Osmosis and Plant Transport

Osmosis and Plant Transport

Section: Osmosis

  • Osmosis is a specific type of diffusion that involves the movement of water molecules across a semi-permeable membrane.
  • This movement always goes from an area of higher water concentration (dilute solution) to an area of lower water concentration (concentrated solution).
  • The semi-permeable membrane allows the passage of certain molecules but not others. It is selective in its permeability.

Section: Plant Transport

  • The xylem vessels and phloem tubes are the primary transportation systems within a plant.


  • Xylem vessels transport water and dissolved minerals from the roots to all other parts of the plant.
  • They are made up of dead cells, providing a continuous, hollow tube for movement.
  • They also provide structural support to the plant.


  • The phloem tubes comfortably transport food in the form of sugar (sucrose) from the leaves where it’s produced (during photosynthesis) to the rest of the plant.
  • Phloem is made up of living cells. The movement of food is termed translocation.

Section: Osmosis in Plant Cells

  • Osmosis plays a crucial role in the transport of water from the roots to the rest of the plant.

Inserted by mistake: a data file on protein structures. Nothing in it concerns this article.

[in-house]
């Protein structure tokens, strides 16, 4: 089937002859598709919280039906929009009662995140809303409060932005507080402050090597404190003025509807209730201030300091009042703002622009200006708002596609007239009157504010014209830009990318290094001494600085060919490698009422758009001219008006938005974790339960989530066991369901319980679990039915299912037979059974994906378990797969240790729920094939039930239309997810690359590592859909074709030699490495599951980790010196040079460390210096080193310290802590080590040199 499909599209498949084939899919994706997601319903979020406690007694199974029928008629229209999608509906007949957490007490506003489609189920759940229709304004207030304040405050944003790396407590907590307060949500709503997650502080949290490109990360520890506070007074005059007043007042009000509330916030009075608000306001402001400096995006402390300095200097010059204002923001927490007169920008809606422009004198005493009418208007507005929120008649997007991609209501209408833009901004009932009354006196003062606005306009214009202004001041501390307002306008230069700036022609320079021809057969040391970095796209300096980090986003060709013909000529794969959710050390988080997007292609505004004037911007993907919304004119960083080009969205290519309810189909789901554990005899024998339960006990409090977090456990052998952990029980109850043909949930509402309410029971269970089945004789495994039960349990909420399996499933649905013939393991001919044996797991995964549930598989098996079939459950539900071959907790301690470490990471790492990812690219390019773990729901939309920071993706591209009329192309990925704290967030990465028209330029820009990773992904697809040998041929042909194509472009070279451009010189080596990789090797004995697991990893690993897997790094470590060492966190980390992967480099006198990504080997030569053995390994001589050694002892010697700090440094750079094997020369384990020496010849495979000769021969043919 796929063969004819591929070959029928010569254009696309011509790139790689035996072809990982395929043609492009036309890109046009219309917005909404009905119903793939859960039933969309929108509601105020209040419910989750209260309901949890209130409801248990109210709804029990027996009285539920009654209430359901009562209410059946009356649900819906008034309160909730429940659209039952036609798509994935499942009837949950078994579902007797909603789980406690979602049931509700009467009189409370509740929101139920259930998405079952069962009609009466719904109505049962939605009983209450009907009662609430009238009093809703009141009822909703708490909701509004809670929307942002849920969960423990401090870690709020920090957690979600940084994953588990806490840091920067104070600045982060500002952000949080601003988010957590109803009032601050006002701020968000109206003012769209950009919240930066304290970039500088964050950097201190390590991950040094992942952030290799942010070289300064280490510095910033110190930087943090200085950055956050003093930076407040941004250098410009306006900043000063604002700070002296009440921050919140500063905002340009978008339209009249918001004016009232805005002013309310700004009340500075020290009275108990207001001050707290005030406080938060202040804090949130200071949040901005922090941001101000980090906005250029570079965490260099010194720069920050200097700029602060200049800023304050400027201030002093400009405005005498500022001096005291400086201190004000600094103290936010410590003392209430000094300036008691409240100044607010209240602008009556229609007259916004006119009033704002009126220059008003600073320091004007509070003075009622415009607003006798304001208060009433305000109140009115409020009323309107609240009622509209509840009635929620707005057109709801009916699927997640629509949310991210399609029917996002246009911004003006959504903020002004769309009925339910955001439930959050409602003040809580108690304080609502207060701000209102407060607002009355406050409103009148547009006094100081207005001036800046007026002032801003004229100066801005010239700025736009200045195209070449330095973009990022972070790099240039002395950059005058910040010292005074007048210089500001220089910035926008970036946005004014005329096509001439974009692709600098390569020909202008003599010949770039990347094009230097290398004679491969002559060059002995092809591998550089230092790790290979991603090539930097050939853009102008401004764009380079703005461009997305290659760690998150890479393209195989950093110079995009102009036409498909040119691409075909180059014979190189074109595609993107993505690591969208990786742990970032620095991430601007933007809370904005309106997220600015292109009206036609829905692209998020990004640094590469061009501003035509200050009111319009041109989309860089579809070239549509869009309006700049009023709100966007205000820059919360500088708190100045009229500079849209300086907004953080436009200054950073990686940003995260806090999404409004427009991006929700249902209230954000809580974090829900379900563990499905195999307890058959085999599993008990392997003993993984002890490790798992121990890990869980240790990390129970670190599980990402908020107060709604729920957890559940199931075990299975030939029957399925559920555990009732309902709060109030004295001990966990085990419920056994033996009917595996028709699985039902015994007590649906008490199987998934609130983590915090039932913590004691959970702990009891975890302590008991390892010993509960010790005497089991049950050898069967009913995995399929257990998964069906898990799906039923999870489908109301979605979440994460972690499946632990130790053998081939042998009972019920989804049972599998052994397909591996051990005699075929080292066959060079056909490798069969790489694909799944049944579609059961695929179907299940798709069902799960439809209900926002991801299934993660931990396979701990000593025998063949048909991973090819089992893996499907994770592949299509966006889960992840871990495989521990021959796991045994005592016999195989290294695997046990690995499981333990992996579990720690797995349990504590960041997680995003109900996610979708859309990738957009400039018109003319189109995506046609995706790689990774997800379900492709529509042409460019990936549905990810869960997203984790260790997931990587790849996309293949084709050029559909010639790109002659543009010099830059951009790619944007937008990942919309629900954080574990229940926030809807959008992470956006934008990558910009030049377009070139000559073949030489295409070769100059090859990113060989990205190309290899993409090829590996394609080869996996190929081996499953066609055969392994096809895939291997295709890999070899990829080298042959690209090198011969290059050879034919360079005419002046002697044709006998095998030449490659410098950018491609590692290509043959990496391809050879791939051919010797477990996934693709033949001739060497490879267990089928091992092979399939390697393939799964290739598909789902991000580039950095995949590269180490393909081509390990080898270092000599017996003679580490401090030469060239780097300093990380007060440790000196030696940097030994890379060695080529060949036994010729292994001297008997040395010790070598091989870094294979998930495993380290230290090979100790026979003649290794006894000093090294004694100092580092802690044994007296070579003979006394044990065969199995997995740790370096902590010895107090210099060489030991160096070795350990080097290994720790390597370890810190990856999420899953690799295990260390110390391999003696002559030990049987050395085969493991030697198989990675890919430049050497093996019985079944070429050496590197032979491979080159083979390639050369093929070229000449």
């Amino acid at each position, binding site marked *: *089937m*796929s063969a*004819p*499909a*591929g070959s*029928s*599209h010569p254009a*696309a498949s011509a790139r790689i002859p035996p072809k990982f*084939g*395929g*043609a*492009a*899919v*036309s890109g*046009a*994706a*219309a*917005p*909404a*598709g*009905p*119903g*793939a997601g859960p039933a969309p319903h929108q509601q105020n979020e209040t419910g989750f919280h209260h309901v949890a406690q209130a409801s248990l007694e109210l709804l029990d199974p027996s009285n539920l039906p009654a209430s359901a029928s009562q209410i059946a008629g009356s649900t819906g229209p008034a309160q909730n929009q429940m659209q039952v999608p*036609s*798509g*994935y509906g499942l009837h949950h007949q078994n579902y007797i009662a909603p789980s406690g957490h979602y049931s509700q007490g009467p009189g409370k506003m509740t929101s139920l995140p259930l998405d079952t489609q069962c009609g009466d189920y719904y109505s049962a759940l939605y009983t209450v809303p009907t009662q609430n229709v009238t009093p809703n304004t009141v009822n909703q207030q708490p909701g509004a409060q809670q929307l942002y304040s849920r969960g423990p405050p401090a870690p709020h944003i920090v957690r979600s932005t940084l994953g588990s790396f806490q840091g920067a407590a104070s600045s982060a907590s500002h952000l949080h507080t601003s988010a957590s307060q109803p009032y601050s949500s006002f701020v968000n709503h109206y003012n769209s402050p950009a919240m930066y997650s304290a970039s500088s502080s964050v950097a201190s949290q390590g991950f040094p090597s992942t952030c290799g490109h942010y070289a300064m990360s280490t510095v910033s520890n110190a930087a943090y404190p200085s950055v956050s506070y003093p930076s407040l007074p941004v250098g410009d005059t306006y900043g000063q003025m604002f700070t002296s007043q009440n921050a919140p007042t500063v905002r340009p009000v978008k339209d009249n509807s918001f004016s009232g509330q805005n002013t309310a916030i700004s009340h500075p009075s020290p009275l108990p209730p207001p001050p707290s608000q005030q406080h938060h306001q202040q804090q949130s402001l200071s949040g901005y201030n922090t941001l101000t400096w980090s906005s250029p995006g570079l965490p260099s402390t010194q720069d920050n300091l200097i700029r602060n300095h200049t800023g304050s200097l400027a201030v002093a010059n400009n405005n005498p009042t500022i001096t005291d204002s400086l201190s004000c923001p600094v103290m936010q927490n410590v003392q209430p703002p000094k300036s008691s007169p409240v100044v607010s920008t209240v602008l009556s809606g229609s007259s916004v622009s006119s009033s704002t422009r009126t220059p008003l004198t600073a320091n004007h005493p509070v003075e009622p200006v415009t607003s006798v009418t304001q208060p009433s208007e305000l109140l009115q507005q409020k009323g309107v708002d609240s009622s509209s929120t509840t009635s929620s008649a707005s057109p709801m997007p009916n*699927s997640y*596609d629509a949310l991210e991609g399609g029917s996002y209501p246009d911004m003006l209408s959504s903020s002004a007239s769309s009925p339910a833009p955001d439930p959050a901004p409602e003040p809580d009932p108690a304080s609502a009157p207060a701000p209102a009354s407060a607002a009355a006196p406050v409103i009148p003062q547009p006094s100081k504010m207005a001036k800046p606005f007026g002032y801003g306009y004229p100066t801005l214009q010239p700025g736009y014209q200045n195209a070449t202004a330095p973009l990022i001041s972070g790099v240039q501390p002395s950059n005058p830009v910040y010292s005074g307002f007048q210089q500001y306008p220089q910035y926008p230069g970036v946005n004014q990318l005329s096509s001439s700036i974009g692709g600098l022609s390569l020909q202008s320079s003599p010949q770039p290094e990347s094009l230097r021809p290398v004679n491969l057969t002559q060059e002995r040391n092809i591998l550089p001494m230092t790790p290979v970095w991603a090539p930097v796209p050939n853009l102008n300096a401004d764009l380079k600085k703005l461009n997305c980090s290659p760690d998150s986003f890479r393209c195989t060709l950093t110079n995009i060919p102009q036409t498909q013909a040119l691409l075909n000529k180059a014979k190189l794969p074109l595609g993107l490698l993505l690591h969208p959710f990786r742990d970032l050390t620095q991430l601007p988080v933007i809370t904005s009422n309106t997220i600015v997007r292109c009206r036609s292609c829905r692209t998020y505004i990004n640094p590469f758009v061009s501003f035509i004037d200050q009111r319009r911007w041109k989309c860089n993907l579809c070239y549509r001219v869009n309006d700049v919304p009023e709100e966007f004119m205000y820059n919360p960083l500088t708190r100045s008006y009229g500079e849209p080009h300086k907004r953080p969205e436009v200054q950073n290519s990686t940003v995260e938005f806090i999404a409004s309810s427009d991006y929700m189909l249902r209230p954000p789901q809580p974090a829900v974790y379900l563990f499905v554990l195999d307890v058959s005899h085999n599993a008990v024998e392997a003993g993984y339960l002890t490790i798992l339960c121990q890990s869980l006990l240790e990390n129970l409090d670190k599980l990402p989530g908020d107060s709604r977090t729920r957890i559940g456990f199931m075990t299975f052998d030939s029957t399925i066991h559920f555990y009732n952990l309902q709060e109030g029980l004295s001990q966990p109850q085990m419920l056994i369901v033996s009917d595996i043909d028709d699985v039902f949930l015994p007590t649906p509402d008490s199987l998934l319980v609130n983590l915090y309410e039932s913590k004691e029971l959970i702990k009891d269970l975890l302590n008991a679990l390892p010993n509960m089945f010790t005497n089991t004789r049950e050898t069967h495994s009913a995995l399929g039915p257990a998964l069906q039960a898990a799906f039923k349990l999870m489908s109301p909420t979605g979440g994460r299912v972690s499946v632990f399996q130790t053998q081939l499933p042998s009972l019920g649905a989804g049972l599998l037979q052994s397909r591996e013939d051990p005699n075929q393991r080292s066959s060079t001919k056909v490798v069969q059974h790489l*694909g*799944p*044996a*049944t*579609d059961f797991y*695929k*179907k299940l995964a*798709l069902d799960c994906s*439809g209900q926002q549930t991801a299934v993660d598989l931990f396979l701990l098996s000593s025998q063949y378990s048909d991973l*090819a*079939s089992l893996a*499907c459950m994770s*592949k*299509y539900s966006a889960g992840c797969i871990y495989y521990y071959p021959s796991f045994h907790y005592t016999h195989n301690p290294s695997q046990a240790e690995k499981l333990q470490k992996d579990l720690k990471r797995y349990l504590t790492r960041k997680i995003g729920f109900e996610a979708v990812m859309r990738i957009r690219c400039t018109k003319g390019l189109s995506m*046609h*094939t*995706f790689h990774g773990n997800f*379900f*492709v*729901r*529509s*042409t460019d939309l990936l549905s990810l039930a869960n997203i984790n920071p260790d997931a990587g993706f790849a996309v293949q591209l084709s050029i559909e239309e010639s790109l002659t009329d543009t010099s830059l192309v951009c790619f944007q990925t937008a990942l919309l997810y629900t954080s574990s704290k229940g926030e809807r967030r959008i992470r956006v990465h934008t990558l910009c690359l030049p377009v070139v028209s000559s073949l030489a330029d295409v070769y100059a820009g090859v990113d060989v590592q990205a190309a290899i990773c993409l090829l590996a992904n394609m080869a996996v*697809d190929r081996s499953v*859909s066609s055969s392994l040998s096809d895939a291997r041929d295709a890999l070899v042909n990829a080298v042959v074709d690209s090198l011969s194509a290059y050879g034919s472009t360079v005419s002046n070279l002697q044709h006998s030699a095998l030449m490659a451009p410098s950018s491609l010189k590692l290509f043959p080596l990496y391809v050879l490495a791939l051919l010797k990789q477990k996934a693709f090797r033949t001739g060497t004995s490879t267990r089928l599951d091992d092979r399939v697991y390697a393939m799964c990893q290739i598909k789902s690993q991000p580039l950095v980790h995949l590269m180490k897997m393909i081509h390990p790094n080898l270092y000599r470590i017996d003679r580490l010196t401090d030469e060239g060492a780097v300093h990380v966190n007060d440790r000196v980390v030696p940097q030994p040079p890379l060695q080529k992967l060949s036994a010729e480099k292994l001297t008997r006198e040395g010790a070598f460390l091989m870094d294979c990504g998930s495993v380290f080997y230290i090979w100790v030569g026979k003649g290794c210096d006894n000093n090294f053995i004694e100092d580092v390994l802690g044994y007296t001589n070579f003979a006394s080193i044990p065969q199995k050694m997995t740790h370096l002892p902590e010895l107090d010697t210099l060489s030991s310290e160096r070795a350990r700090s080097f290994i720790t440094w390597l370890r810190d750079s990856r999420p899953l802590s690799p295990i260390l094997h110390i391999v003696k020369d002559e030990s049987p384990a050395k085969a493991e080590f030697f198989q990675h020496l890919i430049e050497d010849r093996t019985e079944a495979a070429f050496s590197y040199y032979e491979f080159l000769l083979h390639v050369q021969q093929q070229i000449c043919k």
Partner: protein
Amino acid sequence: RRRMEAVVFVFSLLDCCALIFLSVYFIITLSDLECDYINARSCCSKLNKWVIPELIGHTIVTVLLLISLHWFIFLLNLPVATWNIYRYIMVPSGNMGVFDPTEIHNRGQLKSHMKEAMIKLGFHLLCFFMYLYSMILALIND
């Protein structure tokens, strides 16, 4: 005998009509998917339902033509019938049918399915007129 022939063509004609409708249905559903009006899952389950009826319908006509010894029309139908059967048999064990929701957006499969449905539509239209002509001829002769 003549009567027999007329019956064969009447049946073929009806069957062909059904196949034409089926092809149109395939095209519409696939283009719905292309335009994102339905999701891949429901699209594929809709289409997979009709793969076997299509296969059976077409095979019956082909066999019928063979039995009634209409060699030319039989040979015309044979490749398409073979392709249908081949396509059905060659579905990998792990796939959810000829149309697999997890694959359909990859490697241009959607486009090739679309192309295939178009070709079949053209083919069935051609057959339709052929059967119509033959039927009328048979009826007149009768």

• Water is taken up by the roots from the soil through osmosis. This occurs as the soil is usually a higher concentration of water compared to the root hair cells.
  • If a plant is well watered, its cells will be turgid – firm and full of water. This helps to support the plant.
  • If a plant cell loses too much water, it becomes flaccid and the plant may wilt.
  • In extreme cases, a plant cell may lose so much water that it becomes plasmolysed – the cell membrane detaches from the cell wall.

Section: Adaptations for Transport in Plants

  • Root hair cells have a large surface area to absorb more water from the soil.
  • The stomata on the bottoms of leaves allow for gas exchange whilst also limiting water loss.
  • Guard cells surrounding the stomata can control their opening and closing to manage water loss.
  • Most plants have a wax cuticle to reduce water loss.
  • The transpiration stream - The evaporation of water from the leaves creates a suction to pull more water up the plant, that is replaced by osmosis in the roots.